Gutenberg 12.9 landed in the WordPress.org plugin directory today, and it is a beefy release, packed with a little something for everyone. Even after tinkering with new features over the last few days, I have yet to explore everything as much as I would like. Given the practical limitation of time, I will not be able to dive into everything in this post, but I will attempt to introduce you all to some of the highlights.
The following are some selected items that I was unable to dive into, but I still encourage readers to check out:
Block Locking UI
Customizing a locked block.
Gutenberg 12.9 introduces a new UI for locking blocks. Under the “more options” dropdown in the toolbar, users can select the lock option, which will bring up a screen with two options:
- Disable movement: Disallows moving the block itself. However, sibling blocks can be moved around it.
- Prevent removal: Prevents the block from being deleted.
Andrei Draganescu noted the following in the 12.9 announcement post:
When a block is locked, users are either unable to move it, remove it, or both. This is particularly useful with site level blocks like Post Content which many themes will want to lock down.
However, that definition does not entirely explain block-level locking. There is a caveat: this new UI hands end-users the key to the lock. Technically, they already had this capability via the code editor, but it is now available through the interface.
From a theme dev perspective, block-level locking merely requires additional steps of the user to move and/or remove blocks. It is not a “forced” or “permanent” lock. It is a welcome feature, but themers should understand its limits and that this new UI offers more power to users, not less.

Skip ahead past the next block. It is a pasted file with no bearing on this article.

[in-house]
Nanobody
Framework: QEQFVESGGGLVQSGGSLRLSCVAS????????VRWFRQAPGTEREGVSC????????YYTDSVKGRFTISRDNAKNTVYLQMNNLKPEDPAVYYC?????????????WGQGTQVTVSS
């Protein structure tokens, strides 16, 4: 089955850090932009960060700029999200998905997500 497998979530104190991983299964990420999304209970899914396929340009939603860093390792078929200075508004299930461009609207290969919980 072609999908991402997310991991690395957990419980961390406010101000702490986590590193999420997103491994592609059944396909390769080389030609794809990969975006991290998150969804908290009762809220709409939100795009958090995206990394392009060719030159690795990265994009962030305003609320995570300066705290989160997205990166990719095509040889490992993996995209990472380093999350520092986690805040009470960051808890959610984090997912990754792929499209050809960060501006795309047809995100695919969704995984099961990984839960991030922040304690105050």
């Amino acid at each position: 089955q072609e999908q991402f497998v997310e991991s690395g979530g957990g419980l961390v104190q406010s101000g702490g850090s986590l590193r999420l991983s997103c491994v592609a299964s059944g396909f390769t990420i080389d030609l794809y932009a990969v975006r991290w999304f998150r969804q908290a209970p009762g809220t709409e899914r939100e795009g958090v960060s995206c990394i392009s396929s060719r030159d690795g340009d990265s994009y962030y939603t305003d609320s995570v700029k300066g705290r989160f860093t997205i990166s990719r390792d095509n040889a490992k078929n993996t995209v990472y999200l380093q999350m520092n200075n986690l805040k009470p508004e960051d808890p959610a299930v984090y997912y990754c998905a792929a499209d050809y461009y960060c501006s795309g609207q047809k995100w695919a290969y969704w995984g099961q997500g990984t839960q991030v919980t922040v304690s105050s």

Update: there is a hook for site builders to overwrite this. See more in the comments.
Block Gap Support for Galleries…Sort Of
Block spacing for the Gallery block.
One of the features I was most excited about with this release was the addition of support for spacing between Gallery images. Theme authors have relied on specialized block styles to give users choices, usually limited to default and a “no gap” options. The latter would remove any spacing between the images.
Unfortunately, the feature is broken in 12.9 when users manually set a gap. Checking the source code, it is outputting an Array instead of valid CSS. On the front end, the following warning displays:
Warning: preg_match() expects parameter 2 to be string, array given in …wp-content/plugins/gutenberg/build/block-library/blocks/gallery.php on line 51
I am sure this will be corrected in 12.9.1. Until then, I suggest not using the “Block Spacing” control.
Theme author warning: This is a breaking change for themes that target the –gallery-block–gutter-size to control the default gap for galleries. This previously-reliable CSS custom property no longer exists in the code. It is unclear why this variable was removed altogether, and there was no mention of it in the ticket.
A new –wp–style–unstable-gallery-gap variable seems to do a similar job. However, as the unstable part of its name suggests, it may not always be around. It is also defined on the .wp-container-* class instead of the gallery itself. I have yet to do enough CSS testing to figure out how to overwrite it for the default gap. If anyone has a solution, please post it in the comments for others.
Children Collapsed by Default in List View
Opening a collapsed set of nested blocks in the list view.
I have often shied away from the list view in the editor for most real-world scenarios, at least for pages with many nested blocks. With every level open by default, it was a bit of a nightmare to browse through and locate a specific block. It was easier to take my chances clicking around in the content canvas.